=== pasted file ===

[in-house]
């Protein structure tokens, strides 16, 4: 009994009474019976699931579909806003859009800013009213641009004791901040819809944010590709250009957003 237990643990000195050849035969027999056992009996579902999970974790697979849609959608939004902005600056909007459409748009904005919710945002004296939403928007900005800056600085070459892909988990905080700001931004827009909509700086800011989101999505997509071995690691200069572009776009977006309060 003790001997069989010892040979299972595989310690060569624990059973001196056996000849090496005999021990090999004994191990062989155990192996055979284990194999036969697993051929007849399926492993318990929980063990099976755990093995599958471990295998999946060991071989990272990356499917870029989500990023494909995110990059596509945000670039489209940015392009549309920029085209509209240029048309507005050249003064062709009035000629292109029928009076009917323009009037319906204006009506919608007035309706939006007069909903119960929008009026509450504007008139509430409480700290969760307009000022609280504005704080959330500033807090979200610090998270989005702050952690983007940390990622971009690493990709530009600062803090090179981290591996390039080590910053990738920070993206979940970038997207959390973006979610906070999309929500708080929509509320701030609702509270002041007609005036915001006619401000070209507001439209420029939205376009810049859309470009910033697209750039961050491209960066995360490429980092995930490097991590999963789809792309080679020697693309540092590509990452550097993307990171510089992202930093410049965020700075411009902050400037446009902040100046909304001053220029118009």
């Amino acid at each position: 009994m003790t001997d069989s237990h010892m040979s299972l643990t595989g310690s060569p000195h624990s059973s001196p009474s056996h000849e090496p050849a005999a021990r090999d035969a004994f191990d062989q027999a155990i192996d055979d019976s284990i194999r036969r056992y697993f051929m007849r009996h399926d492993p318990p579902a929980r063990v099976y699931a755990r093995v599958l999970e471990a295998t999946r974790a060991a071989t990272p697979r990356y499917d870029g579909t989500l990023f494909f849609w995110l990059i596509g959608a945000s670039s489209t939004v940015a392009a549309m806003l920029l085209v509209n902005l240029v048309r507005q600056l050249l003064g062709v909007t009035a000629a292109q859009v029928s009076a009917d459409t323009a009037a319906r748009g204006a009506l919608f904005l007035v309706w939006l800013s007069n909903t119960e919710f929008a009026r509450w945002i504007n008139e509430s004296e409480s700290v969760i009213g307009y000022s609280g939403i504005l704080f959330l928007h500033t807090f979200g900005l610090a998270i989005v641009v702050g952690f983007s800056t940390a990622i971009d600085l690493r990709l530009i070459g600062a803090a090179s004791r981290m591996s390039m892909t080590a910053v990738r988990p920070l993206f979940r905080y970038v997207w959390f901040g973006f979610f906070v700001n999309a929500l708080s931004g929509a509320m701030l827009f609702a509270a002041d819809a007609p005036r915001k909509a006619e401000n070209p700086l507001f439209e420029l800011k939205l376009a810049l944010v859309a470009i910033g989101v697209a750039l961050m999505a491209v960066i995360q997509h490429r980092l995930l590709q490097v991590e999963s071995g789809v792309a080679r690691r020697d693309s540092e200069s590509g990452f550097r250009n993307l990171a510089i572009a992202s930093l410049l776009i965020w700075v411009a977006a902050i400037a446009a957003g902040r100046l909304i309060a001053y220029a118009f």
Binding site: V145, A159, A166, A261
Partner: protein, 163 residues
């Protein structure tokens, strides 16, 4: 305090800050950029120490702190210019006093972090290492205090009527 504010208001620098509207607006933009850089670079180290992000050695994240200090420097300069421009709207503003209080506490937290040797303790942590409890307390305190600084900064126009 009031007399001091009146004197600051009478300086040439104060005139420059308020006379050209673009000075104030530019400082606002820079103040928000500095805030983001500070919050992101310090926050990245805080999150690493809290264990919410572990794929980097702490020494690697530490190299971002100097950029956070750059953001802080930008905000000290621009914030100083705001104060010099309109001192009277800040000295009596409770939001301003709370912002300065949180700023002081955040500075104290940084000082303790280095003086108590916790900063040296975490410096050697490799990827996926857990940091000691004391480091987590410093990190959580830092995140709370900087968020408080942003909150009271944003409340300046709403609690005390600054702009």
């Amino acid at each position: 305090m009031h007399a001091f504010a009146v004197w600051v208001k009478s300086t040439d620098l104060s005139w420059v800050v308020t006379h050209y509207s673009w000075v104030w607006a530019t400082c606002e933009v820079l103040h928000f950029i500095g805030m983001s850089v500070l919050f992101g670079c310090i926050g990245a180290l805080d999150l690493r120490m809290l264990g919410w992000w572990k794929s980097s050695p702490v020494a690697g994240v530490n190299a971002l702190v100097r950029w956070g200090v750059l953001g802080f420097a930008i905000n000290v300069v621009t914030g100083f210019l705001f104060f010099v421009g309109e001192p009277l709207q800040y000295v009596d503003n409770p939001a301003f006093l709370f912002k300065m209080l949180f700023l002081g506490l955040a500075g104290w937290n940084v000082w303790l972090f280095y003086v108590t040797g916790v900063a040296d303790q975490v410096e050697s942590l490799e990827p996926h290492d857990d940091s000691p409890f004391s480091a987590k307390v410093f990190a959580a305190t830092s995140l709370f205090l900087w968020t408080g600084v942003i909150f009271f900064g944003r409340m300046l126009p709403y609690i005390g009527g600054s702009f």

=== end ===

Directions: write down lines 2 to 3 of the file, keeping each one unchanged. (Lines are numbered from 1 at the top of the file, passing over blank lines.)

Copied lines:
């Protein structure tokens, strides 16, 4: 009994009474019976699931579909806003859009800013009213641009004791901040819809944010590709250009957003 237990643990000195050849035969027999056992009996579902999970974790697979849609959608939004902005600056909007459409748009904005919710945002004296939403928007900005800056600085070459892909988990905080700001931004827009909509700086800011989101999505997509071995690691200069572009776009977006309060 003790001997069989010892040979299972595989310690060569624990059973001196056996000849090496005999021990090999004994191990062989155990192996055979284990194999036969697993051929007849399926492993318990929980063990099976755990093995599958471990295998999946060991071989990272990356499917870029989500990023494909995110990059596509945000670039489209940015392009549309920029085209509209240029048309507005050249003064062709009035000629292109029928009076009917323009009037319906204006009506919608007035309706939006007069909903119960929008009026509450504007008139509430409480700290969760307009000022609280504005704080959330500033807090979200610090998270989005702050952690983007940390990622971009690493990709530009600062803090090179981290591996390039080590910053990738920070993206979940970038997207959390973006979610906070999309929500708080929509509320701030609702509270002041007609005036915001006619401000070209507001439209420029939205376009810049859309470009910033697209750039961050491209960066995360490429980092995930490097991590999963789809792309080679020697693309540092590509990452550097993307990171510089992202930093410049965020700075411009902050400037446009902040100046909304001053220029118009």
């Amino acid at each position: 009994m003790t001997d069989s237990h010892m040979s299972l643990t595989g310690s060569p000195h624990s059973s001196p009474s056996h000849e090496p050849a005999a021990r090999d035969a004994f191990d062989q027999a155990i192996d055979d019976s284990i194999r036969r056992y697993f051929m007849r009996h399926d492993p318990p579902a929980r063990v099976y699931a755990r093995v599958l999970e471990a295998t999946r974790a060991a071989t990272p697979r990356y499917d870029g579909t989500l990023f494909f849609w995110l990059i596509g959608a945000s670039s489209t939004v940015a392009a549309m806003l920029l085209v509209n902005l240029v048309r507005q600056l050249l003064g062709v909007t009035a000629a292109q859009v029928s009076a009917d459409t323009a009037a319906r748009g204006a009506l919608f904005l007035v309706w939006l800013s007069n909903t119960e919710f929008a009026r509450w945002i504007n008139e509430s004296e409480s700290v969760i009213g307009y000022s609280g939403i504005l704080f959330l928007h500033t807090f979200g900005l610090a998270i989005v641009v702050g952690f983007s800056t940390a990622i971009d600085l690493r990709l530009i070459g600062a803090a090179s004791r981290m591996s390039m892909t080590a910053v990738r988990p920070l993206f979940r905080y970038v997207w959390f901040g973006f979610f906070v700001n999309a929500l708080s931004g929509a509320m701030l827009f609702a509270a002041d819809a007609p005036r915001k909509a006619e401000n070209p700086l507001f439209e420029l800011k939205l376009a810049l944010v859309a470009i910033g989101v697209a750039l961050m999505a491209v960066i995360q997509h490429r980092l995930l590709q490097v991590e999963s071995g789809v792309a080679r690691r020697d693309s540092e200069s590509g990452f550097r250009n993307l990171a510089i572009a992202s930093l410049l776009i965020w700075v411009a977006a902050i400037a446009a957003g902040r100046l909304i309060a001053y220029a118009f």